Consequent upon that industrial action, a meeting was convened between the government team and the Teacher Unions on 15th May, 2014 to resolve the issues relating to teachers of the Ghana Education Service. At the meeting various agreements were reached on the issues and a Communiqué signed. (Vide copy for your study and use). We wish to bring to your notice that government and the GES management have failed to adhere to the tenets of the Communiqué they signed. A case in point is that on the payments of not more than three (3) months’ salary arrears. The agreement is that District Directors of education would submit completed templates for payment of the remaining arrears to Regional Directors latest by 16th May, 2014 and that payment are expected by the end of June 2014. Sir, we are now in July and most of the templates are still at the District Directorates. Payments for those that have been submitted to headquarters have not been made. On transfer grants, the Communiqué mandated District Directors to collate data on qualified beneficiaries by end of May 2014. Stakeholders were to be invited upon receipt of the data for a verification and validation exercise for payments to be effected. We have moved through June to July, 2014 yet the Stakeholders’ meeting has not been convened. Needless to say, the verifications and validation exercise has not taken place and a date for payment not known. Closely linked to the payment of transfer grant is the staff deployment and rationalization exercise. Government and the GES management agreed to suspend the exercise and source funding for the payment of transfer grants and T&T of teachers transferred since 2010. As of now the outstanding grants and allowance have not been paid yet teachers are being transferred under the exercise Collection of data on teachers who were transferred has been done for the group of 2014 to the neglect of all those transferred from 2010 to 2013. On the strength of that Communiqué and the genuine desire to create the congenial climate for further negotiations, NAGRAT called off its strike on 21st May, 2014. On the same day, the National Labour Commission (NLC) invited the parties to a meeting aimed at resolving the grievances. It is pertinent to point out that while NAGRAT and the FWSC attended the meeting other parties namely the Ministry of Education, the Ghana Education Service, the Ministry of Finance, and the Ministry of Employment and Labour Relations failed to honour the invitation. The NLC scheduled another meeting for 18th June, 2014. The National Labour Commission notwithstanding issued some directive to be responded to by 11th June, 2014 prior to the meeting of 18th June, 2014. (Please find copy attached) Sir, it is interesting to note that the Ministry of Education and the Ghana Education Service which had invited NAGRAT to a meeting on that day postponed the meeting indefinitely when NAGRAT called off the strike. That meeting has not been reconvened to date. This is a clear indication of the lack of commitment of government and the GES management to resolving the grievances of the Ghana Education Service Staff. When National Officers of NAGRAT reported at the premises of the National Labour Commission on 18th June, 2014, they were told that the meeting had been postponed indefinitely. It is almost three (3) weeks now and the National Labour Commission has left the issues hanging without any communication with the leadership of the Association. Sir, teachers are getting increasingly convinced that their grievances are systematically trivialized. We want to state emphatically that should any unpleasant outcome occur, teachers will take no share of blame. Their patience has been stretched to the limit and the disquiet is becoming alarming.   Yours faithfully,     Stanislaus P. Nabome General Secretary Cc:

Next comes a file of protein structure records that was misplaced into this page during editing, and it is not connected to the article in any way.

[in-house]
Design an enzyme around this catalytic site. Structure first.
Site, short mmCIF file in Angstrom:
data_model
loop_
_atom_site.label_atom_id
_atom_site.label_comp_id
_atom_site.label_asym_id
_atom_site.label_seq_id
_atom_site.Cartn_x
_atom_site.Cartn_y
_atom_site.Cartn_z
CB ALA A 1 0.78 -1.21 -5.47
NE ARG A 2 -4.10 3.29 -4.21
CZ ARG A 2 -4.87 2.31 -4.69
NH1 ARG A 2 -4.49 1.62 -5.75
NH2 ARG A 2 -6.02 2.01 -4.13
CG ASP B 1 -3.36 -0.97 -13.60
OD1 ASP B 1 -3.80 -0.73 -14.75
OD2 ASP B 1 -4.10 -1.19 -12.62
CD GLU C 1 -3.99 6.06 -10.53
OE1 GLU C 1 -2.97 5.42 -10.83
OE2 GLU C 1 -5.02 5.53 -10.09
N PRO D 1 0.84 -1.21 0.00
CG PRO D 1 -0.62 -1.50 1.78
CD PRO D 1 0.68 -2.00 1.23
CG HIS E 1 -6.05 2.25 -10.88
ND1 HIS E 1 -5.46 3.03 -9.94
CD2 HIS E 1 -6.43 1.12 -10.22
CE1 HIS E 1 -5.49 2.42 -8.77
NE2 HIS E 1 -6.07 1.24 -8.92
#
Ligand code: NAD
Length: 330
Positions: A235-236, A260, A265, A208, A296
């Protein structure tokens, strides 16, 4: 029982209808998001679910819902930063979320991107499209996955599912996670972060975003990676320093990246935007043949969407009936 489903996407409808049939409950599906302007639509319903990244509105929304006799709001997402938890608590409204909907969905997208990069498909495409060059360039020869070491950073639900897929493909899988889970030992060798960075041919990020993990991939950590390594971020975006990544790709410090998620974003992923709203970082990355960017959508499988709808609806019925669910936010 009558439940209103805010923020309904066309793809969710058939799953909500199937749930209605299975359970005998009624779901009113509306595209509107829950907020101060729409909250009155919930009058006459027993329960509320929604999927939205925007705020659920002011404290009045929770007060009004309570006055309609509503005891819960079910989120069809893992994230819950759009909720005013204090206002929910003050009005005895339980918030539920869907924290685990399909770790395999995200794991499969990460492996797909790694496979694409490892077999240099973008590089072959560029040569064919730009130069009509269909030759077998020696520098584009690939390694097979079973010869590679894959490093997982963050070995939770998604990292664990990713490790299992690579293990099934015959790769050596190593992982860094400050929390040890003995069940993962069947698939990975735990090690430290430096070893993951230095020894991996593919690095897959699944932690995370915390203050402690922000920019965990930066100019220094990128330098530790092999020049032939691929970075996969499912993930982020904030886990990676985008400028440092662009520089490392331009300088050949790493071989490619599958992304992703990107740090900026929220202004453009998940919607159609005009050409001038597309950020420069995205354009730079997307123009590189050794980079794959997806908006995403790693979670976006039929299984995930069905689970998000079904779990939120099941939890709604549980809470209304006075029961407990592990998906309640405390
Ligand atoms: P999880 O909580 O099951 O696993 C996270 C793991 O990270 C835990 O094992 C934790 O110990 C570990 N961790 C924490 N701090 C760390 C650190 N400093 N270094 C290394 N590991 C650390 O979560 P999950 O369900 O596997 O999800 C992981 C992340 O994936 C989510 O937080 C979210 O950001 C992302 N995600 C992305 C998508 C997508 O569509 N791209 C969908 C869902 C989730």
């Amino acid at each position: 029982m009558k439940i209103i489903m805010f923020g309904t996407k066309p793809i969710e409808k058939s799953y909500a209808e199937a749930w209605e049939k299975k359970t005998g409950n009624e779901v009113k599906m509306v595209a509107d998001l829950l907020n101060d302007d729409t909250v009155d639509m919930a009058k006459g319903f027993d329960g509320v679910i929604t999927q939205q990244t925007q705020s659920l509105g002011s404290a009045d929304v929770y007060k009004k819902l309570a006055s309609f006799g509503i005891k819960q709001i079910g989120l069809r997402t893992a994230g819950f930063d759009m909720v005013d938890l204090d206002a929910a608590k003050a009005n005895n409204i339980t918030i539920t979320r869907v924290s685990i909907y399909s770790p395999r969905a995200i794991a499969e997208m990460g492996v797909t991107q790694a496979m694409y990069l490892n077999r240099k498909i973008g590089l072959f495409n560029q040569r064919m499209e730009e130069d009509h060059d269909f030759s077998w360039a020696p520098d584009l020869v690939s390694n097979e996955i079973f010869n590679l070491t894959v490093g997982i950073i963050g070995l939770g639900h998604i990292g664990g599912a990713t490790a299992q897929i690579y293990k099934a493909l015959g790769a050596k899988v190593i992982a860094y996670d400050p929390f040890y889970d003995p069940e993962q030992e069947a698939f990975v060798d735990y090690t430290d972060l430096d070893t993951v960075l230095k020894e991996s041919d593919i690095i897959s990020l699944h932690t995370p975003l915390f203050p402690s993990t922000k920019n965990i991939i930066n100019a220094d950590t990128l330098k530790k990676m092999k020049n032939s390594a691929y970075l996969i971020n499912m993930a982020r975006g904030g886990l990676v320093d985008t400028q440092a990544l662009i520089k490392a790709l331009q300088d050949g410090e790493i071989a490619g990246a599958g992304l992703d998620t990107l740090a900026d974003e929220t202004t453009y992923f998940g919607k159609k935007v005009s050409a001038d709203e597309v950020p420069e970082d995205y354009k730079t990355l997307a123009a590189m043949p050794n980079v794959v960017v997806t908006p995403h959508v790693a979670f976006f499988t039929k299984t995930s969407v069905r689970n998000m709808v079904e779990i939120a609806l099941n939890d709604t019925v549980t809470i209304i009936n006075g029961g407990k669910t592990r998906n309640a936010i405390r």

1. The Honourable Minister,
Ministry of Education Accra
  1. The Honourable Minister
Ministry of Employment and Labour Relations Accra
  1. The Honourable Minster,
Ministry of Finance Accra
  1. The Chief Executive
Fair Wages and Salaries Commission Accra
  1. The Director General
Ghana Education Service Accra
  1. The General Secretary
Ghana National Association of Teachers Accra
  1. The General Secretary
Teacher and Educational Workers Union Accra
  1. The President
Coalition of Concerned Teachers Accra
  1. All Regional Chairmen,
NAGRAT Regional Secretariat